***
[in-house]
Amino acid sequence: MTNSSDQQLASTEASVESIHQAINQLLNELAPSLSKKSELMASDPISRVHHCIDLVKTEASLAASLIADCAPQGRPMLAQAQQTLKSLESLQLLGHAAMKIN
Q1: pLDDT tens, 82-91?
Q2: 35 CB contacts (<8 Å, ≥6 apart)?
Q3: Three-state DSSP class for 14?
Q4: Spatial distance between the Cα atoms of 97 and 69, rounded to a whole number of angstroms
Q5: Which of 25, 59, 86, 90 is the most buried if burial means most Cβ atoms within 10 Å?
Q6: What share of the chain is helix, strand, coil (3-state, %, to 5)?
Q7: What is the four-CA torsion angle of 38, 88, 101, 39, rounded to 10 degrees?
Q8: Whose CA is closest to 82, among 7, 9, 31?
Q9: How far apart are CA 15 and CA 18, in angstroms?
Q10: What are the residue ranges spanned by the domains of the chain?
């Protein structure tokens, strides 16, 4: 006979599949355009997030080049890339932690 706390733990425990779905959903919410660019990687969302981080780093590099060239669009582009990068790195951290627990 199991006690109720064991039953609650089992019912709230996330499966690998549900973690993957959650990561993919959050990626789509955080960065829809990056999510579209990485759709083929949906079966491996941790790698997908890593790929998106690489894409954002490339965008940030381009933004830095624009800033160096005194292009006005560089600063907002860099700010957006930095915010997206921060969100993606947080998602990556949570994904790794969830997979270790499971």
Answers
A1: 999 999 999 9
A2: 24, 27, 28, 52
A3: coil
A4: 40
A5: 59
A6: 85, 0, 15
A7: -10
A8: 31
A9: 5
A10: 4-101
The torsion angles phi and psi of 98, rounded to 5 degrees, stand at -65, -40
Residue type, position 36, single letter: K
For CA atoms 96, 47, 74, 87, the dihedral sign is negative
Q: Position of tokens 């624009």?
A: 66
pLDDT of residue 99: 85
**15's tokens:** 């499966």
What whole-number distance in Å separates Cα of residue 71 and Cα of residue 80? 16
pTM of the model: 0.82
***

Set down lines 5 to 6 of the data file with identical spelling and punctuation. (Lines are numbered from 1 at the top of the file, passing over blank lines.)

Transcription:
Q3: Three-state DSSP class for 14?
Q4: Spatial distance between the Cα atoms of 97 and 69, rounded to a whole number of angstroms